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From "Baskar Duraikannu" <baskar.duraikannu...@gmail.com>
Subject Re: Performance tests using stress testing tool
Date Thu, 28 Apr 2011 16:06:32 GMT
Thanks Peter. 

When I looked at the benchmark client machine, it was not under any stress in terms of disk
or CPU.  
But test machines are connected through 10/100 mbps switch port (not gigabit). Can this be
a bottleneck?

Thanks
Baskar 


----- Original Message ----- 
From: Peter Schuller 
To: user@cassandra.apache.org 
Sent: Thursday, April 28, 2011 2:34 AM
Subject: Re: Performance tests using stress testing tool


> a) I am not seeing cpu usage more than 10pct.

Sounds like the benchmarking client is bottlenecking.

> In some of the forums, i see
> that 8 cpu 32 gb is considered as good sweet spot for cassandra. Is this
> true?

Seems reasonable in a very general sense, but of course varies with use-case.

> Also when would I see real cpu spikes. At this moment looks like 4
> core is more than sufficient.

In general, the more requests and columns you read and write, the more
you'll be bottlenecking on CPU. The larger individual columns (and
thus fewer columns), the more you'll be bound on disk instead.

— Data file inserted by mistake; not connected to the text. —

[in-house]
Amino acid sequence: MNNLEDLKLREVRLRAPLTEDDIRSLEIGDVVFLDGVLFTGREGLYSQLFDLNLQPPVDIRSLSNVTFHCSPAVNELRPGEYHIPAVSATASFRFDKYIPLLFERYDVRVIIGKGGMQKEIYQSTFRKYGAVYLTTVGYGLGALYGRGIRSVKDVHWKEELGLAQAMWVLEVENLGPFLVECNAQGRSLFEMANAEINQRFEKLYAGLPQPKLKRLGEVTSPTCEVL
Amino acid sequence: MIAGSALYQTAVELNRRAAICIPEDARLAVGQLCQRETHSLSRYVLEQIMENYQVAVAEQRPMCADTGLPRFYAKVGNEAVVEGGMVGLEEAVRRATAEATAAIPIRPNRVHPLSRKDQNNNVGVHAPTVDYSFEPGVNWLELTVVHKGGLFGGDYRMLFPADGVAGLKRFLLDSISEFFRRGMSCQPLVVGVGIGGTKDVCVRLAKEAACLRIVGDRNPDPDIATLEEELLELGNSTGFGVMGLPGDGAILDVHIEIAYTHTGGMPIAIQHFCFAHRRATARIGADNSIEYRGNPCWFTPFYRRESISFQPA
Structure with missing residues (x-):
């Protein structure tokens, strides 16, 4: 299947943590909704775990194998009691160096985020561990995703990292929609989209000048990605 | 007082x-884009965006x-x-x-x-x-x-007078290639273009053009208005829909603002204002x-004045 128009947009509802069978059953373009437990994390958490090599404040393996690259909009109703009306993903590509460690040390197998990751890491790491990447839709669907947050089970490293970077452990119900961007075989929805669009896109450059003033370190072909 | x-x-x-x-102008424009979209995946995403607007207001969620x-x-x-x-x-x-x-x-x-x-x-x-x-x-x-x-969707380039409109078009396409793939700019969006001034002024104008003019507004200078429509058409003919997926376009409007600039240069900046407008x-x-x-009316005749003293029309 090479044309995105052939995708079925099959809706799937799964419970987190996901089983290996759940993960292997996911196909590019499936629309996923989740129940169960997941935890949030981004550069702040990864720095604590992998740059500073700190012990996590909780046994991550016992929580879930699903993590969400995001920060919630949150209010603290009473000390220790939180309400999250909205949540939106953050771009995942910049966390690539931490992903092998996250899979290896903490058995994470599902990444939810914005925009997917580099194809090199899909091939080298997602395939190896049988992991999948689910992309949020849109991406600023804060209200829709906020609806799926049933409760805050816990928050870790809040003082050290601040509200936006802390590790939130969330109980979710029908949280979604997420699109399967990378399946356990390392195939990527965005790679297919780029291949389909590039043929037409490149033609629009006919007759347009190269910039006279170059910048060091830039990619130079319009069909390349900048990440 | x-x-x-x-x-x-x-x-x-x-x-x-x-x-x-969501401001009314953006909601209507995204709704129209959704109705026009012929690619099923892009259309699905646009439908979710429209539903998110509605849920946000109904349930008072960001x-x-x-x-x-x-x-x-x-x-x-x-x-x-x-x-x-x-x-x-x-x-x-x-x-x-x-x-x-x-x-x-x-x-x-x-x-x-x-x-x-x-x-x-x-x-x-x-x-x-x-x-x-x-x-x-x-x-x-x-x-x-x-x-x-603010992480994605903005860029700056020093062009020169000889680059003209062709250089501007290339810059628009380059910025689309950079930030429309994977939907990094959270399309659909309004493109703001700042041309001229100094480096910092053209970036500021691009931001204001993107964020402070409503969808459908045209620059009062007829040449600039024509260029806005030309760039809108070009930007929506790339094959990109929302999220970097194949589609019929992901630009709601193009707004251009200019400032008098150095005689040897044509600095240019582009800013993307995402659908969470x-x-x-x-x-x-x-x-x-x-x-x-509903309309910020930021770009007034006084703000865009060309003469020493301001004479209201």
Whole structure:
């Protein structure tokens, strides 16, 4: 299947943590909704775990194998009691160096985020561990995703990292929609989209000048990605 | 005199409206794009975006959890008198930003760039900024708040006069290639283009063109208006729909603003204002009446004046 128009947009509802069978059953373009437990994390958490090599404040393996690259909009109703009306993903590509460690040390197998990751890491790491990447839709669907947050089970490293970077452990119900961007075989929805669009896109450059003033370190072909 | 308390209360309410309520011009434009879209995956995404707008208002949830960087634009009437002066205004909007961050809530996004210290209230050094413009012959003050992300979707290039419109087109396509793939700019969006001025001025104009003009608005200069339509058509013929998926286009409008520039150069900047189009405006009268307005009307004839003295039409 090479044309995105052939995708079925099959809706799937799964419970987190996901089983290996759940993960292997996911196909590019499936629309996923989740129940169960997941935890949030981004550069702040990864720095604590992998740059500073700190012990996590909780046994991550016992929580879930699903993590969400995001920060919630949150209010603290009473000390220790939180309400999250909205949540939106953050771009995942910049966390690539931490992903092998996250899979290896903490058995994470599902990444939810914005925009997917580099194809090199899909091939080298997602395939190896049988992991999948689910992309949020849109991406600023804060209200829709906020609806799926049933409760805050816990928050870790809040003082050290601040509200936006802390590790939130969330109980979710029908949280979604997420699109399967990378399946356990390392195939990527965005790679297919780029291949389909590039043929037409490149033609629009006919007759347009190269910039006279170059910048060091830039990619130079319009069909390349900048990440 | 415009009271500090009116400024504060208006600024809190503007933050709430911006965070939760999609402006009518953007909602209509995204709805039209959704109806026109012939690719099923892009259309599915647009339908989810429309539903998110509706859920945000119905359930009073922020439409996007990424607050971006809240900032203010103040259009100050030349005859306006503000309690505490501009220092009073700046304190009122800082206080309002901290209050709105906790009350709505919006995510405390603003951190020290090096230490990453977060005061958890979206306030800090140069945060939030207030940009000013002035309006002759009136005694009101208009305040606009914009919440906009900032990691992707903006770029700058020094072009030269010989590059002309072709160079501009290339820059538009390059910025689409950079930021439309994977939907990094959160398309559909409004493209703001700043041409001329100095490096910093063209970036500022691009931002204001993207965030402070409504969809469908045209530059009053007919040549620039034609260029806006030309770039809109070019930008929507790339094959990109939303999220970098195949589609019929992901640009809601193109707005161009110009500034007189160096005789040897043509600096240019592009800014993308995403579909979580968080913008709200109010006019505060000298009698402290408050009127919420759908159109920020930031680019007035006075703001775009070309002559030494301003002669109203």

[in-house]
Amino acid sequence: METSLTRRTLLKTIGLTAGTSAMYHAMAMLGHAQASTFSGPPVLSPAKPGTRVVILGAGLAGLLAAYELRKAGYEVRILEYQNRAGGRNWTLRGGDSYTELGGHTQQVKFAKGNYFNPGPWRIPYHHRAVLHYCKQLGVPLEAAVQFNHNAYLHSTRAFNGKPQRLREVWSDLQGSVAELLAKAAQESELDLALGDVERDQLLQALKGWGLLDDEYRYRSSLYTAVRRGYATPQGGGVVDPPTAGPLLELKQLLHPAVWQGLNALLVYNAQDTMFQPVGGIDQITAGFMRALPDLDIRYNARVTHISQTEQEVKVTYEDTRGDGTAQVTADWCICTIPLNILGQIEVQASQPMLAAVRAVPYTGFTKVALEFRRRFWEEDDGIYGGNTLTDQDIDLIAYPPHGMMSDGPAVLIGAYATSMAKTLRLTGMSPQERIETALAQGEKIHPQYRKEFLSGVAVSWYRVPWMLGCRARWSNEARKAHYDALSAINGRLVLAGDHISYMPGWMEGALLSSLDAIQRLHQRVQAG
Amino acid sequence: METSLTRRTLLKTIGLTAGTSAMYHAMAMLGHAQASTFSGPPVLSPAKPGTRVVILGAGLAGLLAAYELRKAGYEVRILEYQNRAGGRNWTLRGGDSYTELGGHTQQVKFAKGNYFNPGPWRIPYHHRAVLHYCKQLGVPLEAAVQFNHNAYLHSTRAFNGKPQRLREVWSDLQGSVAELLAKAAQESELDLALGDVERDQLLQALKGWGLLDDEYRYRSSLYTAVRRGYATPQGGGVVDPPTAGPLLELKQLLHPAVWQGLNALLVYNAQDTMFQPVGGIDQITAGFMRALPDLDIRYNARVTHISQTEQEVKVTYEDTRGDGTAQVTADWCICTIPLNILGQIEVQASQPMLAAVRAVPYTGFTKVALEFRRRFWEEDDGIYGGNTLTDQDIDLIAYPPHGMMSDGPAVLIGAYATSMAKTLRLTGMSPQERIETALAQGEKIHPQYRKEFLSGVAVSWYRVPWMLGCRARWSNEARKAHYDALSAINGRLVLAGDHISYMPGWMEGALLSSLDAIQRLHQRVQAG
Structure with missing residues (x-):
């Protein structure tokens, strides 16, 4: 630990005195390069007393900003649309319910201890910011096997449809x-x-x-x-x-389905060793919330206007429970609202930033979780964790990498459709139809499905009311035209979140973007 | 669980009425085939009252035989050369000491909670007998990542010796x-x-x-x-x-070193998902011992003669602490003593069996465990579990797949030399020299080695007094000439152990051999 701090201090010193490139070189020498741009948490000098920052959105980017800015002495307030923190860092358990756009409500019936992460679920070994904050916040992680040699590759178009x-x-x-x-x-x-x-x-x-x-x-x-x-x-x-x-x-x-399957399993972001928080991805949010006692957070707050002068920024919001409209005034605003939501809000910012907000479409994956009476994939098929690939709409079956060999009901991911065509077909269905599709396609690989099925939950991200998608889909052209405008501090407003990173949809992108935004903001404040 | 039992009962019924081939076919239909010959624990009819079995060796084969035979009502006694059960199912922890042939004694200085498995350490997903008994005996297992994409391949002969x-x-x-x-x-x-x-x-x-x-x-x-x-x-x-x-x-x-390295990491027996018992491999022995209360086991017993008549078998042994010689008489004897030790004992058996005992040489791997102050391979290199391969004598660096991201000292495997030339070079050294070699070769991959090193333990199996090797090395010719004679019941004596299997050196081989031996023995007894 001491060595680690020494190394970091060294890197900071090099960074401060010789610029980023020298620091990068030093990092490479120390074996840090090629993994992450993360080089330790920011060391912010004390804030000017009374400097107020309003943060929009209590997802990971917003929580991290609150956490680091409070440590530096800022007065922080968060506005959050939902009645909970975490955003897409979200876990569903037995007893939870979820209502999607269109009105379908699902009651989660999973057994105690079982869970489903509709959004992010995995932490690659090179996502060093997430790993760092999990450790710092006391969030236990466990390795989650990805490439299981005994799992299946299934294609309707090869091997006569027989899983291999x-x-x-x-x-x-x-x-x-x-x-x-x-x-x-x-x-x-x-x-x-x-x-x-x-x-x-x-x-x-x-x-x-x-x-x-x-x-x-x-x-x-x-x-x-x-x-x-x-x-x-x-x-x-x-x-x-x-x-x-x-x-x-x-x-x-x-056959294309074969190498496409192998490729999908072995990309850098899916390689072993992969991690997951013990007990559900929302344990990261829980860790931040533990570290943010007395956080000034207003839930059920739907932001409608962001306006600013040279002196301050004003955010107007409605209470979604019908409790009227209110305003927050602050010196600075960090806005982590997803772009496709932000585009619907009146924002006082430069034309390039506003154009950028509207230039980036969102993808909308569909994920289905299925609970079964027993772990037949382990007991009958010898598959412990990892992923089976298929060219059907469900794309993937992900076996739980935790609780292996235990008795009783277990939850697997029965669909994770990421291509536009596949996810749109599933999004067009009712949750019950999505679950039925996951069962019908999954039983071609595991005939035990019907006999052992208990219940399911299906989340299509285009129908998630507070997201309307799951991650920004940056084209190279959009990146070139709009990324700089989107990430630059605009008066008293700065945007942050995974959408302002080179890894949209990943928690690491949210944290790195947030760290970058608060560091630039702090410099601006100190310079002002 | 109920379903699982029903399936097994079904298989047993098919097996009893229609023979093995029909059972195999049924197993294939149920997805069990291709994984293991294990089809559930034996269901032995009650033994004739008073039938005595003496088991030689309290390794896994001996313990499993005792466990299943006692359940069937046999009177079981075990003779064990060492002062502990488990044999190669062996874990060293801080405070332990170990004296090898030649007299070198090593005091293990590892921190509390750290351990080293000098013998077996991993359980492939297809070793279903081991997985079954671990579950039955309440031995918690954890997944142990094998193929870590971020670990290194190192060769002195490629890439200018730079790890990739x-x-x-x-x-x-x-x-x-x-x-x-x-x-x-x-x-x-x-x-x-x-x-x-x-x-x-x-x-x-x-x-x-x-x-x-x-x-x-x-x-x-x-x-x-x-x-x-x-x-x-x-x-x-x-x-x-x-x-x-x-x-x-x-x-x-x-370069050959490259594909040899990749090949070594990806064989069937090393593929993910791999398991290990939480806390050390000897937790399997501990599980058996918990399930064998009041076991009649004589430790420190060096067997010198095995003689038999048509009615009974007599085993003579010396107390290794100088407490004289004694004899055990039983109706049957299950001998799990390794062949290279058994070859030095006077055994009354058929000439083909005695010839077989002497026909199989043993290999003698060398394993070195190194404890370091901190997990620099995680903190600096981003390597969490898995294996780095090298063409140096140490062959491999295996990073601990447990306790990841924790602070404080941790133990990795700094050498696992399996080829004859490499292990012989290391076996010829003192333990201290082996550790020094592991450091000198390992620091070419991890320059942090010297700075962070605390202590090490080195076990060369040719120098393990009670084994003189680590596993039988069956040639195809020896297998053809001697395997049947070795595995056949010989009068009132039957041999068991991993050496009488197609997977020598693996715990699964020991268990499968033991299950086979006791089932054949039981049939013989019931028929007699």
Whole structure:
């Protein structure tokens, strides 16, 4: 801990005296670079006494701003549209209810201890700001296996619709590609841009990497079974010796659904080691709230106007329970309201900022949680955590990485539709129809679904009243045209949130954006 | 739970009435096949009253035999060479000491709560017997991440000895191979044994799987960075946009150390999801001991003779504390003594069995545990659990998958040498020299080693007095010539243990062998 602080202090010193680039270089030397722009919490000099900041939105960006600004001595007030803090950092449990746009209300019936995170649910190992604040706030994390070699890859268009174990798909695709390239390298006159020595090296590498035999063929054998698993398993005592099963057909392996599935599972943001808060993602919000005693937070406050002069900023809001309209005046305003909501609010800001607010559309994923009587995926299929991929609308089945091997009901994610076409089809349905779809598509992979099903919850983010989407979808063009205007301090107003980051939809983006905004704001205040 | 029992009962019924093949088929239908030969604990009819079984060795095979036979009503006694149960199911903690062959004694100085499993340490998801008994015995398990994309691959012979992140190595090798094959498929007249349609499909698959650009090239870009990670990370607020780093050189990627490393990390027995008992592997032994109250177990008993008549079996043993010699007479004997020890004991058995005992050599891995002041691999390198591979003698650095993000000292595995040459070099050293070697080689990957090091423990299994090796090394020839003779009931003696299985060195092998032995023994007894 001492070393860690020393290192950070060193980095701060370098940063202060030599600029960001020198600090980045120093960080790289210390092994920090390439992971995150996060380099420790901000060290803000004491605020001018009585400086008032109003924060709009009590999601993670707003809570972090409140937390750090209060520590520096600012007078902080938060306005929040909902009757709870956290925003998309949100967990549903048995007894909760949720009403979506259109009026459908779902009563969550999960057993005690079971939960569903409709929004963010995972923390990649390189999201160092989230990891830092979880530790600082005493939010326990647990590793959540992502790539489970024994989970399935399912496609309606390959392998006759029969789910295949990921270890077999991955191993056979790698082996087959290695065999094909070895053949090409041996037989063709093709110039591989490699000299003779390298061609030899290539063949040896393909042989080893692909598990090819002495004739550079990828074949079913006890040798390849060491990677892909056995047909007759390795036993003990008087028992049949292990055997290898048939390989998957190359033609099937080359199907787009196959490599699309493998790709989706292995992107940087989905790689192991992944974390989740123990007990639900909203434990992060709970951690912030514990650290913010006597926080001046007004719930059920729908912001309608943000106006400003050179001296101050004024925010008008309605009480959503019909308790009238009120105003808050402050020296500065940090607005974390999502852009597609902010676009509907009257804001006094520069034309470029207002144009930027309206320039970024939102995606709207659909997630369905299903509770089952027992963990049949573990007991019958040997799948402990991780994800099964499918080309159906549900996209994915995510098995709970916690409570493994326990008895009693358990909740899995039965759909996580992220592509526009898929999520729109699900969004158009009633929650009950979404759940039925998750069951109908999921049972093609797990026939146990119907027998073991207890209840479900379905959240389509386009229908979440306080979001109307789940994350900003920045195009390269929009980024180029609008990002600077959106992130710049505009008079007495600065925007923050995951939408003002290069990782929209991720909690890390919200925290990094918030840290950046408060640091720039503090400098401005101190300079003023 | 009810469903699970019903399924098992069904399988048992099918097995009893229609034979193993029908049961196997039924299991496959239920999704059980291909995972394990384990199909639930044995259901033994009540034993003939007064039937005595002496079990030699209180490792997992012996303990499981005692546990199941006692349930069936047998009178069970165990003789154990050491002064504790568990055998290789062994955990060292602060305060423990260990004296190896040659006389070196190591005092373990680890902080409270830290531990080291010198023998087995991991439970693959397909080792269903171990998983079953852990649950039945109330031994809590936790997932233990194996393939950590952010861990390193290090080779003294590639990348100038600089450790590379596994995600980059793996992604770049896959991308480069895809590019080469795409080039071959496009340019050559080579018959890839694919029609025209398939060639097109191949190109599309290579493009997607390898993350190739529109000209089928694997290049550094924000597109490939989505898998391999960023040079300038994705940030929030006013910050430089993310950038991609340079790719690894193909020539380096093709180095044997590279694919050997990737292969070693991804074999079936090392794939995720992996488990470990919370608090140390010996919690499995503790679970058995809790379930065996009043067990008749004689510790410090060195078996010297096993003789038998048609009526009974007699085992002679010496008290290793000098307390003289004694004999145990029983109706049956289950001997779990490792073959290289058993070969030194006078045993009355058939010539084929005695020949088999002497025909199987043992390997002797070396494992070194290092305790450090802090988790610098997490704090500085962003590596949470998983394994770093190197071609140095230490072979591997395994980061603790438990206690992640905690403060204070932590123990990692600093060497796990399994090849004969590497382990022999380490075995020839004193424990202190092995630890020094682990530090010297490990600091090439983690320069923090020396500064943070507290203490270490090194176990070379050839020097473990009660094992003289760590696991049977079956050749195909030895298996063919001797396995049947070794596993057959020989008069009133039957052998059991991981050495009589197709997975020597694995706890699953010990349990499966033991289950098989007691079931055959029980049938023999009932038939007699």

In your case the bottleneck seems to be the benchmark I think.

> B) iostat -x is reporting avgqueue size of around 0.25 and await time of
> around 30 ms. What would be acceptable queue size and await time?

Any avgqueuesize significantly below 1 is generally good. For close to
1 or higher than one, it will depend on your access pattern, latency
demands, and the nature of your storage device (e.g., SSD:s, RAID:s
can sustain concurrent I/O).

To simplify, there is some maximum amount of I/O requests that your
storage device will service concurrently. For a normal disk, this is 1
request (I'm ignoring optimizations due to TCQ/NCQ which can be
significant sometimes). As long as you're below the saturation point
it's mostly about statistics and varying I/O patterns causing latency.
The less saturated you are, the better your average latency will be.

Once you're *above* saturation latency goes haywire as you don't
service as many I/O requests as are coming in.

There is a grey area in between where latency will be very sensitive
to smallish changes in I/O load but aggregate throughput remaining
below what can be sustained.

-- 
/ Peter Schuller

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